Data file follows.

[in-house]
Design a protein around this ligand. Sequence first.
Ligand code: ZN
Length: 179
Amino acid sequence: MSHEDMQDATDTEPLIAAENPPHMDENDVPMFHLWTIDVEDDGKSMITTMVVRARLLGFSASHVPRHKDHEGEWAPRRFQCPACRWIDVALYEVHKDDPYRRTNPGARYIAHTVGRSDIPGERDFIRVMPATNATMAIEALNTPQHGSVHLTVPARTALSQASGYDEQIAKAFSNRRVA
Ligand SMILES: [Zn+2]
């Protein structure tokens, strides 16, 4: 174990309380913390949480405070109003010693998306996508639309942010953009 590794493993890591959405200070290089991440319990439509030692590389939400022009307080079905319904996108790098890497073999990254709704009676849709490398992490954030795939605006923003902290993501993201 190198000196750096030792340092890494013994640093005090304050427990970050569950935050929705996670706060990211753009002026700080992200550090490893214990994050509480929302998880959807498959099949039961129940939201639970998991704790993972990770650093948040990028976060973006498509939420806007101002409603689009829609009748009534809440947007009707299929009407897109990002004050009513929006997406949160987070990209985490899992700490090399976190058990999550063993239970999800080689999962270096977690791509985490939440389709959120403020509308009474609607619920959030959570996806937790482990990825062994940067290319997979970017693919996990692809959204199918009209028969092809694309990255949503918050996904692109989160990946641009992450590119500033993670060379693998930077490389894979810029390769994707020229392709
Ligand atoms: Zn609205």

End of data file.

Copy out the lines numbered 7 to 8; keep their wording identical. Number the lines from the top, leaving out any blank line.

């Protein structure tokens, strides 16, 4: 174990309380913390949480405070109003010693998306996508639309942010953009 590794493993890591959405200070290089991440319990439509030692590389939400022009307080079905319904996108790098890497073999990254709704009676849709490398992490954030795939605006923003902290993501993201 190198000196750096030792340092890494013994640093005090304050427990970050569950935050929705996670706060990211753009002026700080992200550090490893214990994050509480929302998880959807498959099949039961129940939201639970998991704790993972990770650093948040990028976060973006498509939420806007101002409603689009829609009748009534809440947007009707299929009407897109990002004050009513929006997406949160987070990209985490899992700490090399976190058990999550063993239970999800080689999962270096977690791509985490939440389709959120403020509308009474609607619920959030959570996806937790482990990825062994940067290319997979970017693919996990692809959204199918009209028969092809694309990255949503918050996904692109989160990946641009992450590119500033993670060379693998930077490389894979810029390769994707020229392709
Ligand atoms: Zn609205």